What’s Love Got to Do With It?: “El gran amor del conde Drácula” (1973)


PROVING THERE ARE 1001 USES FOR A LETTER OPENER: Evidently saving his extended canines for more constructive uses, Dracula (Paul Naschy) nevertheless finds a way to extract a sample of the red stuff from the object of his desire (Haydee Politoff) in a bizarre and protracted series of rituals that provide the anticlimactic conclusion to “El gran amor del conde  Drácula” (“Count Dracula’s Great Love”).

        “El gran amor del conde Drácula” (1973)

    Popularly recognized by Euro Horror enthusiasts for his continuing role as lycanthrope Wademar Daninsky, Paul Naschy portrays an unexpectedly sentimental variation of cinema’s favorite vampire in “El gran amor del conde Drácula” (“Count Dracula’s Great Love”), a film which raises the bar for erotic content to a level that would cause the makers of Hammer Films’ bodice and bosom laden features blush in comparison and, significantly, is one of the rare films which delves deeply into the realm of lesbian vampirism without an appreciable claim to a conceptual influence markedly attributable to Sheridan Le Fanu’s Carmilla. 

    A coach containing five travelers is disabled thereby necessitating their staying at the very abandoned sanitarium about which they had been discussing the ghoulish anecdotal history prior to their being cast afoot.. Occupied by a mysterious but kindly Dr.Wendell Marlow (Naschy) who just happens to have renovated a sufficient number of bed chambers to accommodate the stranded quintet, the travelers spend an inordinate amount of time in dreary small talk until the film relaxes into the vampiric domino principle which is its true destination. countdraculasgreatlove.jpg1.jpgif2The film is temporarily infused with a rush of energy as, with the exception of the virginal Karen (Haydee Politoff), the houseguests are summarily transmogrified into fanged nocturnal prowlers with the onset of a rash of exponentially increasing bloodletting.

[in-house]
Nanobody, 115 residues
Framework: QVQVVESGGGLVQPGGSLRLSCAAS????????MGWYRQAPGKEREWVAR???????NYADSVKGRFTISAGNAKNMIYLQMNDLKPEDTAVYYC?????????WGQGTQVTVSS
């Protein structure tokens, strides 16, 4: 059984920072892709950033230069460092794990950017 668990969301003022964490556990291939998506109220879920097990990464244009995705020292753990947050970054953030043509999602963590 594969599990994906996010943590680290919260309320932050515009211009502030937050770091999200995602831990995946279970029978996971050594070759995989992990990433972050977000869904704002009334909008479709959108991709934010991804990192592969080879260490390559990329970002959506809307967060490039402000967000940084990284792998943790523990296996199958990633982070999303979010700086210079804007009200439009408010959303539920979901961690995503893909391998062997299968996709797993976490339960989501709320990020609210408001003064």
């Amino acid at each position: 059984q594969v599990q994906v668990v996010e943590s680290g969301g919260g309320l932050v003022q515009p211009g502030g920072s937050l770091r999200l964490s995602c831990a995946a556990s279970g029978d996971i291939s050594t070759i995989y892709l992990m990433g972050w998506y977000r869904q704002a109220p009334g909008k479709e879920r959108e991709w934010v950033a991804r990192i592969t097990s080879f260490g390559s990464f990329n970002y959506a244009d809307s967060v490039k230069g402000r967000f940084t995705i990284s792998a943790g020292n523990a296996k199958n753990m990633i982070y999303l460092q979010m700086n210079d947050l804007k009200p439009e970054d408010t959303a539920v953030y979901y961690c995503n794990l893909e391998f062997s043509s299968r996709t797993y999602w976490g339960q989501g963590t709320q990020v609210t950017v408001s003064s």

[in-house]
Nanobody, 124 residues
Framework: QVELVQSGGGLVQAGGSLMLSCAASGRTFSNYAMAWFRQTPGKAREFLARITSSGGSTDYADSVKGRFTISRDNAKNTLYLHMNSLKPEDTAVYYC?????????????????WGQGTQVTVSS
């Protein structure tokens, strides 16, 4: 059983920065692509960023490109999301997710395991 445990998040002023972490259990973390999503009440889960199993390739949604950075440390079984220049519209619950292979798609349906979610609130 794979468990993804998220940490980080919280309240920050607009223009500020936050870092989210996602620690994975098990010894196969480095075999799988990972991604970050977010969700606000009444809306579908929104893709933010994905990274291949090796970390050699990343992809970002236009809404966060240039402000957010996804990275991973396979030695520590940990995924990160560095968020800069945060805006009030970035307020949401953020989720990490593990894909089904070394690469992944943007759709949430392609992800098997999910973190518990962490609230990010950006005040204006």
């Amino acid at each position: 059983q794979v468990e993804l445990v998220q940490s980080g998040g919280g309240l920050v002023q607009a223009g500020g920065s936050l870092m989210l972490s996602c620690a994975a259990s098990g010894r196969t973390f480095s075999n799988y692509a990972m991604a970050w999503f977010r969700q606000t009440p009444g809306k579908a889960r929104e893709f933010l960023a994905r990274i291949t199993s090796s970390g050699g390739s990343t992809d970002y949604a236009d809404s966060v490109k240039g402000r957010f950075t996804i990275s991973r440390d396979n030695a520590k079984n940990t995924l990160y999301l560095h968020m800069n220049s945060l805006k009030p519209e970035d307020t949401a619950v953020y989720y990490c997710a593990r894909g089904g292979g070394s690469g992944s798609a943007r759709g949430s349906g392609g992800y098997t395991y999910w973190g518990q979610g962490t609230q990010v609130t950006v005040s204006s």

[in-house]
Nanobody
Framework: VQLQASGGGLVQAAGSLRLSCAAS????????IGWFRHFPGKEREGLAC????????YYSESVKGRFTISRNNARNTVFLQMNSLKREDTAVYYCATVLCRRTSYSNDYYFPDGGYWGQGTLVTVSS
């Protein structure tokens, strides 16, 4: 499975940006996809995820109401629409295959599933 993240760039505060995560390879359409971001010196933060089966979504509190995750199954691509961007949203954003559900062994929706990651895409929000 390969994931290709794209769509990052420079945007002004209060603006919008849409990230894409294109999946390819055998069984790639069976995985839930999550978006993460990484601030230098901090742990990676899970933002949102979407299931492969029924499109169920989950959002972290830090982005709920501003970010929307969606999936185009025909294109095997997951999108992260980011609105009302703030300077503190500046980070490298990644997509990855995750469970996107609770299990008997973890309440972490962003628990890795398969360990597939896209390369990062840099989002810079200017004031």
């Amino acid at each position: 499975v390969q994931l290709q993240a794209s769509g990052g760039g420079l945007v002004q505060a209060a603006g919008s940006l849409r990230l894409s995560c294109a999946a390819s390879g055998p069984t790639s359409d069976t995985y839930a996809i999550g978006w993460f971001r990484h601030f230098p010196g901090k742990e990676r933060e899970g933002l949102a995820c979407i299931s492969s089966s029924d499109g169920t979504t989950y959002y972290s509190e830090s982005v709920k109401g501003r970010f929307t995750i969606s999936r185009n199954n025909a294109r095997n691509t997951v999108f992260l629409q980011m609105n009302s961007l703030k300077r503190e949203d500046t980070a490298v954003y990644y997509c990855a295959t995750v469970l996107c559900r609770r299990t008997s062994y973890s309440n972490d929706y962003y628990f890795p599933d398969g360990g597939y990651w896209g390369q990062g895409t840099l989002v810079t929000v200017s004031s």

Up to this point Javier Aguirre’s direction has proven bloodless, both figuratively and literally, yet when the horror elements eventually kick in, he exhibits a perverse flair for stylish and sensual female-on-female vampire attacks; not the kind of thing that will significantly elevate a director’s status in the eyes of critics when one’s true calling seems limited to such a rarified specialty that may not be worth doing in the first place,  though it’s always preferable to see even the trivial executed with panache.

 To read the complete review, click the following link to:  https://chandlerswainreviews.wordpress.com/sticky-floors-stained-screens-days-nights-at-the-grindhouse/

About chandlerswainreviews

I've been a puppet, a pirate, a pauper, a poet, a pawn and a king, not necessarily in that order. My first major movie memory was being at the drive-in at about 1 1/2 yrs. old seeing "Sayonara" so I suppose an interest in film was inevitable. (For those scoring at home- good for you- I wasn't driving that evening, so no need to alert authorities.)Writer, critic and confessed spoiler of women, as I have a tendency to forget to put them back in the refrigerator. My apologies.
This entry was posted in books, grindhouse, horror, Movies, Romance, Spanish films, vampires, women, writing and tagged , , . Bookmark the permalink.

2 Responses to What’s Love Got to Do With It?: “El gran amor del conde Drácula” (1973)

  1. beetleypete says:

    I haven’t seen this, but the lesbian vampire clips have a definite appeal. 🙂
    Best wishes, Anais Nin.

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